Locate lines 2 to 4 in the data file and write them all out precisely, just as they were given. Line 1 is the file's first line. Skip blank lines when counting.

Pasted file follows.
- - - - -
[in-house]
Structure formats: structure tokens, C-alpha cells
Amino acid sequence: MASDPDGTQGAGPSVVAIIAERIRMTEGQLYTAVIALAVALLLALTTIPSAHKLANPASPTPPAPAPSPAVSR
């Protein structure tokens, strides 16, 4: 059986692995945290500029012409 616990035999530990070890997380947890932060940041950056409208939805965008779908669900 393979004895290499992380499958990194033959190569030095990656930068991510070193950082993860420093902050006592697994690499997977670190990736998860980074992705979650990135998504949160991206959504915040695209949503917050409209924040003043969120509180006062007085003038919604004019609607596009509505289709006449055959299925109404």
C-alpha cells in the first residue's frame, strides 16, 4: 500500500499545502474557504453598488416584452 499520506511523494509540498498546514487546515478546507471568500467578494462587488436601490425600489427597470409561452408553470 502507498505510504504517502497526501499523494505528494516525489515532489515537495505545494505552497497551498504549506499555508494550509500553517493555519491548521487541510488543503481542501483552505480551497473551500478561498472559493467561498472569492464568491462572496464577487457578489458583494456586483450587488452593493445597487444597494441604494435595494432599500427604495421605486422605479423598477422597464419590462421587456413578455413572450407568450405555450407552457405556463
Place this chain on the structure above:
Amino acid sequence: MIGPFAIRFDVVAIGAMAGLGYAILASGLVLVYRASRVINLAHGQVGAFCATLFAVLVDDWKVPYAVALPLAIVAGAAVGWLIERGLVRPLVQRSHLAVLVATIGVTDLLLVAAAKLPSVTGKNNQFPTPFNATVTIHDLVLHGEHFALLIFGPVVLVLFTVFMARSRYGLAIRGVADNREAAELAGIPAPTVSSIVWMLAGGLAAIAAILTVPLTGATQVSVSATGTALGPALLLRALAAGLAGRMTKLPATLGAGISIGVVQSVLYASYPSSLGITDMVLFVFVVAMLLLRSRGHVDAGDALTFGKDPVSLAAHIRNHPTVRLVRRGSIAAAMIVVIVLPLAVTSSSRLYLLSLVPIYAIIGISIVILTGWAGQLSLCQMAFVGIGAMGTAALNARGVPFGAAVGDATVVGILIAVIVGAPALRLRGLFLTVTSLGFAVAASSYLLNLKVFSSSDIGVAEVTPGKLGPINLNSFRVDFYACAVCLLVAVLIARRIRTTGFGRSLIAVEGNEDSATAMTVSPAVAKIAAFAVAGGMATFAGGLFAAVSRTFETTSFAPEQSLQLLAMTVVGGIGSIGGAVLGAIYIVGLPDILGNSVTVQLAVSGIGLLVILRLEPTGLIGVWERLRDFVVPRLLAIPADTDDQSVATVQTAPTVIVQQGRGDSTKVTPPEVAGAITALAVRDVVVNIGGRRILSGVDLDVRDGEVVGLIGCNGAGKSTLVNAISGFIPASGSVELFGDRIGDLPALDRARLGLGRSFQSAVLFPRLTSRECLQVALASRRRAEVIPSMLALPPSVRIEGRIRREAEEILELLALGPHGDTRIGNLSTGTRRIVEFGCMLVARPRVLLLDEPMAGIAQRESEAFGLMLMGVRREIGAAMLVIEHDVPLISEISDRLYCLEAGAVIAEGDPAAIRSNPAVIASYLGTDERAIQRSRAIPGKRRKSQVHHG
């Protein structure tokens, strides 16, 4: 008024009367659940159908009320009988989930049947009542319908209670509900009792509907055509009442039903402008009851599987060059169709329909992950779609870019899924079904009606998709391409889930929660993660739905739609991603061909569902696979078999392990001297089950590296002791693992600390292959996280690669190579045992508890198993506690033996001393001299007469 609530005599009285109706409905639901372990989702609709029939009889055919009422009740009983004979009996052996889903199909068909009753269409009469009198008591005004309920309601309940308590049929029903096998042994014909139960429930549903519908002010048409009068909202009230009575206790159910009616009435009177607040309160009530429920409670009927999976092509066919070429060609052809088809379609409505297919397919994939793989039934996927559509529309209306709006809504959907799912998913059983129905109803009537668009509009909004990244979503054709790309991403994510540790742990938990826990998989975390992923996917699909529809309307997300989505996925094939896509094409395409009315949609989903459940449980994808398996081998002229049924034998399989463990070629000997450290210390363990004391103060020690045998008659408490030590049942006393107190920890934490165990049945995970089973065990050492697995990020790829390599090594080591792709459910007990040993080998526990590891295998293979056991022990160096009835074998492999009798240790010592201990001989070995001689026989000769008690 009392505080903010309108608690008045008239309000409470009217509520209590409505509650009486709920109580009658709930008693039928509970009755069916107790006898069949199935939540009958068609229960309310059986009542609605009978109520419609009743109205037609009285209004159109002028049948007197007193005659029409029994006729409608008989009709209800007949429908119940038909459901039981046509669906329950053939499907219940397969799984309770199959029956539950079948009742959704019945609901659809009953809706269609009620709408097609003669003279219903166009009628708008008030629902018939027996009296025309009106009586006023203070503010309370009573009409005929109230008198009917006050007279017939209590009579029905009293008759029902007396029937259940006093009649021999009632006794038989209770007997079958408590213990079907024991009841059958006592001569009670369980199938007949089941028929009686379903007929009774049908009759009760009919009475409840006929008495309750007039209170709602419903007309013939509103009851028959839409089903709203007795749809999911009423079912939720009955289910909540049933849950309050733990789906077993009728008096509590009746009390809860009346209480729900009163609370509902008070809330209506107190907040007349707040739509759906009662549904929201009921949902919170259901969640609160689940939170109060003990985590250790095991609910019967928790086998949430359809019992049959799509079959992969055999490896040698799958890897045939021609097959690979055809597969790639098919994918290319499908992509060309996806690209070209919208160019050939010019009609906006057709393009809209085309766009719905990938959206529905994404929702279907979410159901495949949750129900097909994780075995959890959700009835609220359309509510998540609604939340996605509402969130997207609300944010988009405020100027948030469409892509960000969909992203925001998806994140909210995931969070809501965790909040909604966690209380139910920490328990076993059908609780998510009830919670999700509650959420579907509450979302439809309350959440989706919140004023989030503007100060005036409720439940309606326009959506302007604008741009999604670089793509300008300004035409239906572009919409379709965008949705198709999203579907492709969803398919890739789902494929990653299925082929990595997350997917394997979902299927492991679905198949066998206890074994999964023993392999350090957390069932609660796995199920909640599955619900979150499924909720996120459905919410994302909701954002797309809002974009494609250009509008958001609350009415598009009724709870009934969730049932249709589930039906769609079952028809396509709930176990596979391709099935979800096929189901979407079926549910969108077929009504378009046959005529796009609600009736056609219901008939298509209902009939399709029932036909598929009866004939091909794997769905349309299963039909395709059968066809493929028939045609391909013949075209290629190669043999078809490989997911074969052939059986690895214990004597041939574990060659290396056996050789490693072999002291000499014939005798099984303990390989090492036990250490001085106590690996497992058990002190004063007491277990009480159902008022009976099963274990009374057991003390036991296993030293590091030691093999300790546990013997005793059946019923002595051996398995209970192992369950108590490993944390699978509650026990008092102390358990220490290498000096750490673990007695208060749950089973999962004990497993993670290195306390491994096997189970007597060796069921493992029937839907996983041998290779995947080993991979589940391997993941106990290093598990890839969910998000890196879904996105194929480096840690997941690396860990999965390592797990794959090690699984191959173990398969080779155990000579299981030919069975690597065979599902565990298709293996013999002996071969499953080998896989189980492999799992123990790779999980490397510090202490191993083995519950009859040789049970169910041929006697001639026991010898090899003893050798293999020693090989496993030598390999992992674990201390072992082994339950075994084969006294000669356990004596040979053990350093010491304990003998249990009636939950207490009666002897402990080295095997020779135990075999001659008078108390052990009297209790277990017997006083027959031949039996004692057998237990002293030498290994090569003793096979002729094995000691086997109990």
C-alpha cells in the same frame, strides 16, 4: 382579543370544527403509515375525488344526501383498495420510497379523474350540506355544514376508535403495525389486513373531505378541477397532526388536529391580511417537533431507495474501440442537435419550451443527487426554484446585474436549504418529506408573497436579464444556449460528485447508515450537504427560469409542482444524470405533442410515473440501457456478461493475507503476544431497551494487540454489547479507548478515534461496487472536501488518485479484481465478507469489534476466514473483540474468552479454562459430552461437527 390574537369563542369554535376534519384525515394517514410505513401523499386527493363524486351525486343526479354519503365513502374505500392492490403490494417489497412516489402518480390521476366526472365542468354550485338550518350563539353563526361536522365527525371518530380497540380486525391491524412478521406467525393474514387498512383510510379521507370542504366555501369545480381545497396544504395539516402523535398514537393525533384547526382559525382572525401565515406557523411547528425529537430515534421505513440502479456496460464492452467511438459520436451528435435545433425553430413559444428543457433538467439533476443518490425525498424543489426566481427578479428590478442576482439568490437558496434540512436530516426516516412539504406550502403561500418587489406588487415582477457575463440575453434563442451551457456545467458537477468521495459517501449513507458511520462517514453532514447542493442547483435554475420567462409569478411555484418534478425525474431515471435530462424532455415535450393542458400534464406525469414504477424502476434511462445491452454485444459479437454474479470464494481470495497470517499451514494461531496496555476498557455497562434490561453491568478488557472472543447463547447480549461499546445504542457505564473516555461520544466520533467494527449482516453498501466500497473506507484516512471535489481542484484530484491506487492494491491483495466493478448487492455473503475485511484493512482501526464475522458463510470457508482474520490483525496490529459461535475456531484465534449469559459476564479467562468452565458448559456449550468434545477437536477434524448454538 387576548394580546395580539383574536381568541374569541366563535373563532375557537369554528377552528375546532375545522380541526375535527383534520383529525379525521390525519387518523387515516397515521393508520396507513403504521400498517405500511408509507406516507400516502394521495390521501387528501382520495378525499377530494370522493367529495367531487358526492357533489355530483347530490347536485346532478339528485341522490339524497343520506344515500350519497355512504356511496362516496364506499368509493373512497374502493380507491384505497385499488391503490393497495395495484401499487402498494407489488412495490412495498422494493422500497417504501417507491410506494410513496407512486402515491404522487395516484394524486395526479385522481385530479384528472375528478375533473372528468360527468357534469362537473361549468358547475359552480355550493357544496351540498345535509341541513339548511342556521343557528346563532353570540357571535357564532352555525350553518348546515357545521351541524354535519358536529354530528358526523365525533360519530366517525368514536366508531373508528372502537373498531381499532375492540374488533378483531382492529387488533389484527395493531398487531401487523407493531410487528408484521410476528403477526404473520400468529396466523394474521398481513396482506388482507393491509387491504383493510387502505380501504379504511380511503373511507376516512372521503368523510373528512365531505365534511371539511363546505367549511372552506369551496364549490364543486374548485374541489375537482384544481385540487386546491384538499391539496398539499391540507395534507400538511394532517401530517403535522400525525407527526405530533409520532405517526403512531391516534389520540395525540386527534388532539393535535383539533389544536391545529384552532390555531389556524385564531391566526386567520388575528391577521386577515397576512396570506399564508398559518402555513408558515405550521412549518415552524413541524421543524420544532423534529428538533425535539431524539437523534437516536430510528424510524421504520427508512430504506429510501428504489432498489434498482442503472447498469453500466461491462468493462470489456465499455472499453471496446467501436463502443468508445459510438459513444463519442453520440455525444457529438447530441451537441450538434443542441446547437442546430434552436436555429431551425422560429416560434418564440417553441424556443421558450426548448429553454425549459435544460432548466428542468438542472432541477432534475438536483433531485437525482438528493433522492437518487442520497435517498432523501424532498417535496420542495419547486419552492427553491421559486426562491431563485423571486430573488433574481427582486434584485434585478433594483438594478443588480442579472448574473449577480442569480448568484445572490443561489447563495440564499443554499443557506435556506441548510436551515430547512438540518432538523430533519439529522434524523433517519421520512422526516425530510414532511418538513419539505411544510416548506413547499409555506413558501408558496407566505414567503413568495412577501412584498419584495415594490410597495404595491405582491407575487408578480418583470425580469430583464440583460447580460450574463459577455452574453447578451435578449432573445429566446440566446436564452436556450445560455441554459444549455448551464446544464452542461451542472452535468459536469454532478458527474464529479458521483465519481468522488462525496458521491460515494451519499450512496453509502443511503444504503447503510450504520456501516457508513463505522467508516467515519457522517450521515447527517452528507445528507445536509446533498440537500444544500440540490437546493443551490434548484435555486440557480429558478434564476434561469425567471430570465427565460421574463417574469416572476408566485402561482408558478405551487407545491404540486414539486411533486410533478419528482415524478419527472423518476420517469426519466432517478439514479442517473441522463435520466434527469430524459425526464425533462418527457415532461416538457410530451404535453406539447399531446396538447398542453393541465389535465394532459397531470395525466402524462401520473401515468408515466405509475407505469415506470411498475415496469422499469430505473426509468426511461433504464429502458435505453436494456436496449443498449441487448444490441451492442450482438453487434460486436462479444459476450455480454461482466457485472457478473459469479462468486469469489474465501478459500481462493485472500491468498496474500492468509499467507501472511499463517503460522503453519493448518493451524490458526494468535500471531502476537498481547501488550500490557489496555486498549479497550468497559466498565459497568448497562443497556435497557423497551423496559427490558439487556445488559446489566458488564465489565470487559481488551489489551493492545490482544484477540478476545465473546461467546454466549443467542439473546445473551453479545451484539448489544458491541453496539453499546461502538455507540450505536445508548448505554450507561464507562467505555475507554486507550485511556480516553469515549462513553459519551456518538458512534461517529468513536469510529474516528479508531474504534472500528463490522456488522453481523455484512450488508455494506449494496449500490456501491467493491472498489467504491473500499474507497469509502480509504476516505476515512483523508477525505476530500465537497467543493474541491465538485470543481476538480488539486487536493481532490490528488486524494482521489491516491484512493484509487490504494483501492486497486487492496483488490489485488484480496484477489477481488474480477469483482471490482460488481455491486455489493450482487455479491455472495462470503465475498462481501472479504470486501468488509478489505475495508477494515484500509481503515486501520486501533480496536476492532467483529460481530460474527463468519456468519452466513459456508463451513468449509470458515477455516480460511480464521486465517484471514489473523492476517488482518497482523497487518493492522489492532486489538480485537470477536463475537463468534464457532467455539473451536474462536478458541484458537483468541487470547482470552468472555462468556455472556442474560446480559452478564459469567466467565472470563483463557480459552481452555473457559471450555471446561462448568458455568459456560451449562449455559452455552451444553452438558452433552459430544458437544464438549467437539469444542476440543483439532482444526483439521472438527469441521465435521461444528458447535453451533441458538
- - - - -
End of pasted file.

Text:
Structure formats: structure tokens, C-alpha cells
Amino acid sequence: MASDPDGTQGAGPSVVAIIAERIRMTEGQLYTAVIALAVALLLALTTIPSAHKLANPASPTPPAPAPSPAVSR
């Protein structure tokens, strides 16, 4: 059986692995945290500029012409 616990035999530990070890997380947890932060940041950056409208939805965008779908669900 393979004895290499992380499958990194033959190569030095990656930068991510070193950082993860420093902050006592697994690499997977670190990736998860980074992705979650990135998504949160991206959504915040695209949503917050409209924040003043969120509180006062007085003038919604004019609607596009509505289709006449055959299925109404």